Tissue adaptation rate in the treatment of Dupuytren contracture

Robert Bram Giesberts*, Anne Marjan ter Haar, Gerrit Martijn Sanderman, Edsko Evert Geert Hekman, Gijsbertus Jacob Verkerke

*Corresponding author for this work

    Research output: Contribution to journalArticleAcademicpeer-review

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    Abstract

    Study Design: Basic research (cross-sectional). Introduction: Dupuytren disease can cause disabling contractures of the finger joints. After partial fasciectomy, postoperative hand splinting helps to maintain extension range of motion.

    Purpose of the Study: To measure how the contraction forces of the finger on the splint change over time. Methods: Subjects who were treated for Dupuytren contracture with partial fasciectomy were invited to participate in this study. Force sensors were placed in their dorsal extension splint, and the applied force was measured continually for several weeks.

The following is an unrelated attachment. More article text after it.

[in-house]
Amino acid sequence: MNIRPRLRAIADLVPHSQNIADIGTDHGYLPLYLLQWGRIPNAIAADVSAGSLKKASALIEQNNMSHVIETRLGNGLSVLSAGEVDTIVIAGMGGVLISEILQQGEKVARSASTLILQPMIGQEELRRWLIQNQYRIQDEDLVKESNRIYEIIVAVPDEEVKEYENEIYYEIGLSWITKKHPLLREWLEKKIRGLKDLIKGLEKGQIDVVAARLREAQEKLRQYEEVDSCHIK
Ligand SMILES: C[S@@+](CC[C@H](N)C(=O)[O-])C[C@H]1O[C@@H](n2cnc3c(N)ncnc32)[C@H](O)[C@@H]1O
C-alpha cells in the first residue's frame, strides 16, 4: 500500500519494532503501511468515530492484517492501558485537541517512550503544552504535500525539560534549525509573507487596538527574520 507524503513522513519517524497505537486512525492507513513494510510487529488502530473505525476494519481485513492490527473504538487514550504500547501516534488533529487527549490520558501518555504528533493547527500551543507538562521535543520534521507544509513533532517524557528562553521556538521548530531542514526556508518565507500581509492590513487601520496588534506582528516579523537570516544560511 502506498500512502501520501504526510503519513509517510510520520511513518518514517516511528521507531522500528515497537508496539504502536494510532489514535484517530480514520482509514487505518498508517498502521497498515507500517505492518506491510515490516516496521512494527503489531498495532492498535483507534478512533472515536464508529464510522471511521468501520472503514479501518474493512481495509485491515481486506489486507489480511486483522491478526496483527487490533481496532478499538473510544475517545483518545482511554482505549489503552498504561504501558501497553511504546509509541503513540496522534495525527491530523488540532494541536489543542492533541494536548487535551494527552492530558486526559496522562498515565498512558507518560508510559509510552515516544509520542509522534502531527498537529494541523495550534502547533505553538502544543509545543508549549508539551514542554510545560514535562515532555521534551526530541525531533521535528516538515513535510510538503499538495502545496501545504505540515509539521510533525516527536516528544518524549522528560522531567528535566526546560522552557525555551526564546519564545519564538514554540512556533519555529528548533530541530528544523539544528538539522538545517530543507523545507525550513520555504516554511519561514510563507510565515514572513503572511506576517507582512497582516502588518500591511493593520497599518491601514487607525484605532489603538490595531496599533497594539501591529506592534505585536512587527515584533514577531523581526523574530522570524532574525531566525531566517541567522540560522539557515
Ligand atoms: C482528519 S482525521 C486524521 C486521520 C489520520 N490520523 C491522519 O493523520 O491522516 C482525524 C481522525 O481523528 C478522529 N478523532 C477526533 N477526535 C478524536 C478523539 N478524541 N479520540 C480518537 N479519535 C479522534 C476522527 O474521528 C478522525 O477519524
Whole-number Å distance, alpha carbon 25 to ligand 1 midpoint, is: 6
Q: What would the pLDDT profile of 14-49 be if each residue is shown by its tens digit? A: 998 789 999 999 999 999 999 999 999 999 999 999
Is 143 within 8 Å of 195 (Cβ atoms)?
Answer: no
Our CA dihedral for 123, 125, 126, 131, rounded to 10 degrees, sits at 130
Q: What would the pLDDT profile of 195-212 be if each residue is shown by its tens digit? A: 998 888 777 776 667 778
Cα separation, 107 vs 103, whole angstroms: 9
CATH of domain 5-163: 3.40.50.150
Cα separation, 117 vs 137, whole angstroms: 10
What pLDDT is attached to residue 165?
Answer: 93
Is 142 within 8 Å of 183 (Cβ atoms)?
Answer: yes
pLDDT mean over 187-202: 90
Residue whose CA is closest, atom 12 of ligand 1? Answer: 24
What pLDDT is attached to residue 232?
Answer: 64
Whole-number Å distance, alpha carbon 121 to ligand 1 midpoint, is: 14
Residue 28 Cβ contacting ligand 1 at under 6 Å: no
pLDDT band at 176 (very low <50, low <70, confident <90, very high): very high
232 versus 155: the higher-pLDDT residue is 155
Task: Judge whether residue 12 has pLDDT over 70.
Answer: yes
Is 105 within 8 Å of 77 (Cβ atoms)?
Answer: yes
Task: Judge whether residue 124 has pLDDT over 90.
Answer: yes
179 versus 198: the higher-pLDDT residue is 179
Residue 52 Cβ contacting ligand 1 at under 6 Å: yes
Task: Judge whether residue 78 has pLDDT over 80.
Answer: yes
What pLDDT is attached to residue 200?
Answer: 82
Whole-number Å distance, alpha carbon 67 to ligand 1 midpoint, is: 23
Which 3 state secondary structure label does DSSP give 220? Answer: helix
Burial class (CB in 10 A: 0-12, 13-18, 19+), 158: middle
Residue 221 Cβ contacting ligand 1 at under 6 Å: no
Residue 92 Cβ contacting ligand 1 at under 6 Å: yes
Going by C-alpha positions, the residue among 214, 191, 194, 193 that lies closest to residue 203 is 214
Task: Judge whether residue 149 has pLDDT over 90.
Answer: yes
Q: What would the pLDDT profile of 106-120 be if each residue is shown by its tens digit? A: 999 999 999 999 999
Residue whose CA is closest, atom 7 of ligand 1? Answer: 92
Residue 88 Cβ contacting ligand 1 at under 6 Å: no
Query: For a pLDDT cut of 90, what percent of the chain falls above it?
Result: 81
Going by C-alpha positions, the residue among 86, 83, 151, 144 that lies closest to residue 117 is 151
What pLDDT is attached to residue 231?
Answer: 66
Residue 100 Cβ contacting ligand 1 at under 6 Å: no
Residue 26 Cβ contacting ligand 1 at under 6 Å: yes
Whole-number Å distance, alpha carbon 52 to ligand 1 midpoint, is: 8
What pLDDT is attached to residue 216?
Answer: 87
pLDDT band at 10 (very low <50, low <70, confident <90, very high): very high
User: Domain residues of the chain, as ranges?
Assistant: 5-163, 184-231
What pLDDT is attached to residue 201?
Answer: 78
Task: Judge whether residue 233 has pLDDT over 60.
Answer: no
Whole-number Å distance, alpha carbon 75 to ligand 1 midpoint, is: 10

Results: Eleven subjects (aged 59-75 years) with the metacarpophalangeal (8) or proximal interphalangeal (3) as their most severely affected finger joint participated. Each night, the measured force consistently decreased to reach a plateau after about 3 hour (adaptation time, 2.55; 95% confidence interval, 0.2-31.8 hours). The time to reach this plateau decreased with time after surgery (≈5%/day, P =.0005, R 2 = 0.08).

    Discussion and Conclusions: The observed rate of decrease in the measured force indicates a tissue adaptation time of approximately 3 hours.

    Original languageEnglish
    JournalJournal of Hand Therapy
    DOIs
    Publication statusAccepted/In press - 27 Mar 2019

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    Keywords

    • Dupuytren
    • Force
    • Postoperative hand splinting
    • Tissue adaptation

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